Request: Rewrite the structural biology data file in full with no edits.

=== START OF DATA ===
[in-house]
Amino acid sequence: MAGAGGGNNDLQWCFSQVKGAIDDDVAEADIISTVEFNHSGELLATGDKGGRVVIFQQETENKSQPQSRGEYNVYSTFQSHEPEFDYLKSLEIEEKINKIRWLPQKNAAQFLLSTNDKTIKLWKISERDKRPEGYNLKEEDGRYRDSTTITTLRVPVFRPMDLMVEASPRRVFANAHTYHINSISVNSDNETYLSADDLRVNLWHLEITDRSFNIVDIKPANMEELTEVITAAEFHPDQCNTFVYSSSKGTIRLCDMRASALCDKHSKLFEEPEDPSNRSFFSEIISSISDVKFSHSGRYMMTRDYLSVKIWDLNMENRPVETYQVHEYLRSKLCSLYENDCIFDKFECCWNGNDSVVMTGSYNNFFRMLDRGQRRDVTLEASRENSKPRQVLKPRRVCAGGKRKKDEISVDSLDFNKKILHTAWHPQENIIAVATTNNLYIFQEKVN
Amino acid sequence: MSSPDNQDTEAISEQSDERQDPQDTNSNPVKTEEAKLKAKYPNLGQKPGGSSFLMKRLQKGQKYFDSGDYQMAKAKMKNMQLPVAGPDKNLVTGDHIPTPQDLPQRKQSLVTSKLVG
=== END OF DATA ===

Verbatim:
[in-house]
Amino acid sequence: MAGAGGGNNDLQWCFSQVKGAIDDDVAEADIISTVEFNHSGELLATGDKGGRVVIFQQETENKSQPQSRGEYNVYSTFQSHEPEFDYLKSLEIEEKINKIRWLPQKNAAQFLLSTNDKTIKLWKISERDKRPEGYNLKEEDGRYRDSTTITTLRVPVFRPMDLMVEASPRRVFANAHTYHINSISVNSDNETYLSADDLRVNLWHLEITDRSFNIVDIKPANMEELTEVITAAEFHPDQCNTFVYSSSKGTIRLCDMRASALCDKHSKLFEEPEDPSNRSFFSEIISSISDVKFSHSGRYMMTRDYLSVKIWDLNMENRPVETYQVHEYLRSKLCSLYENDCIFDKFECCWNGNDSVVMTGSYNNFFRMLDRGQRRDVTLEASRENSKPRQVLKPRRVCAGGKRKKDEISVDSLDFNKKILHTAWHPQENIIAVATTNNLYIFQEKVN
Amino acid sequence: MSSPDNQDTEAISEQSDERQDPQDTNSNPVKTEEAKLKAKYPNLGQKPGGSSFLMKRLQKGQKYFDSGDYQMAKAKMKNMQLPVAGPDKNLVTGDHIPTPQDLPQRKQSLVTSKLVG